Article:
Full Array: Simply an array of LED backlights spaced evenly behind the other flat-panel display components. We have no idea why "array" is preceded by "full;" we’ve never heard of a "partial" array backlighting system.

HDTV: The acronym stands for high-definition television, and it's applied to any TV with 720 or 1080 vertical resolution.

Halo: That little edge-lighting effect that you sometimes see when light-colored letters are superimposed on a very dark background. While this can be the sign of a cheaply made TV with light bleed, in truth it’s most often an effect created by the light passing through the fluid in your eyes. If you move closer and the phenomena disappears, the cause is the latter.

IPS (In-Plane Switching): A method of aligning the crystals in an LCD. Unlike Twisted Nematic (explained below), the crystals are kept parallel (in-plane) to the surface of the display in both their on and off states, allowing light to emit to the sides as well as straight ahead. This makes for wide viewing angles. There are a number of IPS sub-types, including S-IPS, AS-IPS, and IPS Pro, which vary in their effectiveness (listed from least- to most effective).

IPS display tech

IPS displays are valued for their wide viewing angles. 

LCD (Liquid Crystal Diode): A low-power, miniature electronic shutter consisting of crystals suspended in liquid. When powered, the crystals realign themselves to let light pass through. The amount of power applied determines the amount of realignment and how much light is let through. Unlike OLEDs which produce their own colored light, LCDs are transparent and pass through only the red, green, and blue light created by filters placed behind them.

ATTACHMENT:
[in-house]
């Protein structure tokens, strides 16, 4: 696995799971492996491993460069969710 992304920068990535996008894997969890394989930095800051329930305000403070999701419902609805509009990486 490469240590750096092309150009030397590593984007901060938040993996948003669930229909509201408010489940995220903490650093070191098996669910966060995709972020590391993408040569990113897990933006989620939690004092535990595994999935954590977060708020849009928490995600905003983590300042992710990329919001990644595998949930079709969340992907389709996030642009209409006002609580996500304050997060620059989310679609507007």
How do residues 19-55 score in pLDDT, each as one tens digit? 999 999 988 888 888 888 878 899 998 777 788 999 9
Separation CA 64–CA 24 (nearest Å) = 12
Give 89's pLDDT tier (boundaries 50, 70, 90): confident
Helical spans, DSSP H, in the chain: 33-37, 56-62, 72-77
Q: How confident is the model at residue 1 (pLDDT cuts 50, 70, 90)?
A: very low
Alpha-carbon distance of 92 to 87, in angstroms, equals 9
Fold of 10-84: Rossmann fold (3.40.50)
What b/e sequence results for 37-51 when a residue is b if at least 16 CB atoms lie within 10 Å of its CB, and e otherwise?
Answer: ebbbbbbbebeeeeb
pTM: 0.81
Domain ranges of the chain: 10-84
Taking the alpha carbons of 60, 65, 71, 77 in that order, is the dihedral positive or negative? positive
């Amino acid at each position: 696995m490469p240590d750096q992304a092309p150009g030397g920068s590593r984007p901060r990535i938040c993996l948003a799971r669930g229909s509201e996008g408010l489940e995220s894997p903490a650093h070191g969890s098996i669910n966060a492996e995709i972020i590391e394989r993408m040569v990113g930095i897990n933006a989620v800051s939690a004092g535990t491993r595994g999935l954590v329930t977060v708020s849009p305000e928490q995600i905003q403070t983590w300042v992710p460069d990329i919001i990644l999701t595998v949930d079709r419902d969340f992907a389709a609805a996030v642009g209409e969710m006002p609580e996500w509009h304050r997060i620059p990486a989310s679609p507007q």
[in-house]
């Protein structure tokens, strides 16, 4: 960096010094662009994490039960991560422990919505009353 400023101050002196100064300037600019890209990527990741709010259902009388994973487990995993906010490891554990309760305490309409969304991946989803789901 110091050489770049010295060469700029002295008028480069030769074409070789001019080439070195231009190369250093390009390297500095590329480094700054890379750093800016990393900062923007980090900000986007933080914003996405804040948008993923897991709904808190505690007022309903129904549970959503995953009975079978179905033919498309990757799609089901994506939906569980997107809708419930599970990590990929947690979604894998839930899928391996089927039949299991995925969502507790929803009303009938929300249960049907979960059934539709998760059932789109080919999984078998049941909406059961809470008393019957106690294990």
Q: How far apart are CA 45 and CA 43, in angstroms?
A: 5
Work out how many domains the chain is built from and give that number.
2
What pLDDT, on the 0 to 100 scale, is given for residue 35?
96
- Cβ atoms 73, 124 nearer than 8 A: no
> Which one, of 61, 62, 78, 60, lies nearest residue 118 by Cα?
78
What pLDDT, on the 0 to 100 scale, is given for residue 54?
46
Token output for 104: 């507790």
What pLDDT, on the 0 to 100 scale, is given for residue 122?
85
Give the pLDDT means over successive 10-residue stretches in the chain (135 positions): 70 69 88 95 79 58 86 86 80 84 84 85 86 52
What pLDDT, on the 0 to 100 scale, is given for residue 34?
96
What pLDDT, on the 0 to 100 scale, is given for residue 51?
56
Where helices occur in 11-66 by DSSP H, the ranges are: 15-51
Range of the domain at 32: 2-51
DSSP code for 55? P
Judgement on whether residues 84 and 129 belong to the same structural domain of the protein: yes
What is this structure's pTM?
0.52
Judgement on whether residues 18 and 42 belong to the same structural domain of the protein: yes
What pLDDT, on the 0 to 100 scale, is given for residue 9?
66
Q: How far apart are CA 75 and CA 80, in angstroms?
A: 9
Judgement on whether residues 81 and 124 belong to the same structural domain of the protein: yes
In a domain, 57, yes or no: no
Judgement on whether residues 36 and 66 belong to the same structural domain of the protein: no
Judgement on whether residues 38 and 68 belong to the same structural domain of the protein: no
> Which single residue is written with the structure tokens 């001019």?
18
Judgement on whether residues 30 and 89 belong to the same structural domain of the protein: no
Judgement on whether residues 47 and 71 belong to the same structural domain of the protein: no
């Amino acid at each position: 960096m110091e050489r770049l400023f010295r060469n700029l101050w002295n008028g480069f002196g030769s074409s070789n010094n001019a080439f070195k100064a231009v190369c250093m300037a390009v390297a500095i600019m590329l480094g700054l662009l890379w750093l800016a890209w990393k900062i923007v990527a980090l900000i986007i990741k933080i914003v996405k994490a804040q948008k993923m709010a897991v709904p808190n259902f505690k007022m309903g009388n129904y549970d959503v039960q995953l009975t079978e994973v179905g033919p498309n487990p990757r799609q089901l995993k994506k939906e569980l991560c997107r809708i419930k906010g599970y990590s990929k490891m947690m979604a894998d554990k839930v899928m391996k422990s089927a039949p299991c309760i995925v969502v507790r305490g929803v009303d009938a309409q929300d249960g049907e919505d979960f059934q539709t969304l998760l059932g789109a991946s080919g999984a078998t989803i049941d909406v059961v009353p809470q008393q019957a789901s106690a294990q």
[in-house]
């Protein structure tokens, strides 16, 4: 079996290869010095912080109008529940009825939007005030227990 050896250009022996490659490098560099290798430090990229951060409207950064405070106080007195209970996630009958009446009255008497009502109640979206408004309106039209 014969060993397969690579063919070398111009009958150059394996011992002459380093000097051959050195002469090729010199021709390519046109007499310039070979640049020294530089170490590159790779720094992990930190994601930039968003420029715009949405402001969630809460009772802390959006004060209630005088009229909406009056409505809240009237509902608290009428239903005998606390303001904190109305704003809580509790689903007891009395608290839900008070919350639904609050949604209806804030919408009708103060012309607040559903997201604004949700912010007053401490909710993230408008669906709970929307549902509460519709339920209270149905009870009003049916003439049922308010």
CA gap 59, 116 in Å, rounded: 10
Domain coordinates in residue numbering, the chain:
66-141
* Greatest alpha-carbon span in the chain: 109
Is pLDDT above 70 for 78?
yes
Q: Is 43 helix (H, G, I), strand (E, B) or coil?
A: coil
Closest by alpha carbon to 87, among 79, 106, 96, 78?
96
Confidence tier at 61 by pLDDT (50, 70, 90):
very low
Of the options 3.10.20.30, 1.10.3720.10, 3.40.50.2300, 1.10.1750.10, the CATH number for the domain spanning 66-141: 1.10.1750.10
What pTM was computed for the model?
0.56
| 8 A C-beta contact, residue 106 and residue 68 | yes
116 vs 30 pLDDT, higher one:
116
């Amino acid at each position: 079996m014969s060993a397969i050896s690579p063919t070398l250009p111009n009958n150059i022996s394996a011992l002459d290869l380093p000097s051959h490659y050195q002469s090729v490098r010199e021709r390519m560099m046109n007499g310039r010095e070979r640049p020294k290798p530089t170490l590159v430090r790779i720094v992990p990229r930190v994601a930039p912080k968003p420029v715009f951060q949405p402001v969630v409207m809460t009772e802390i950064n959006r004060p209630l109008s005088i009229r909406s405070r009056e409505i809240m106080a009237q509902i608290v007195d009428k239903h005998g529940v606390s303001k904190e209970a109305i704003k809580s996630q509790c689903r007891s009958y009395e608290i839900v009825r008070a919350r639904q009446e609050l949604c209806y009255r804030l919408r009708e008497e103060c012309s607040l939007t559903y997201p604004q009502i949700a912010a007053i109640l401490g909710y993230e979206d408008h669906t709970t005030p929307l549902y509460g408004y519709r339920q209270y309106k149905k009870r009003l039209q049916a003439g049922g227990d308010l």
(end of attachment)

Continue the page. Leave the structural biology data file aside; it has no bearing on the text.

LCD TV: A TV that uses LCD technology. Generally, it will consist of a backlight, a light-tunnel or similar diffusion layer to even distribute the backlight; a filter layer to change the broad spectrum LED light into red, green, and blue; and the LCDs that allow light to pass through according to the requirements of the image.

LED (Light-Emitting Diode): A silicone diode the produces light through electroluminescence; i.e., power applied to a phosphor. For a variety of reasons, but particularly their larger size and power draw, LEDs are employed as backlights in TVs rather than as primary display elements.

LED zone: The area of pixels lit by one of an array of LED backlights. The LED for a zone can be dimmed, or even turned off to reduce or eliminate light bleed. This results in darker darks and blacker “black.”

LED TV: These days, this generally refers to an LCD TV with LED backlighting. While there are true LED displays, with LEDs that produce both light and color, these are generally used as outdoor signage because of size, power draw, and heat. While not producing the black blacks of an OLED TV, an LED/LCD TV does produce a bright picture, and with quantum dots involved, as rich a color palette as an OLED.

OLED display tech

OLED display technology is prized for its ability to produce a true black. 

Local dimming: Turning off or dimming the LED backlight/backlights that reside behind an area of a TV that is displaying darker colors. This reduces light bleed and facilitates darker darks. In areas of sharp light/dark contrast, however, local dimming can produce banding and other artifacts. Dimming requires multiple LED backlights and isn’t applicable to OLED TVs, which don’t need backlighting.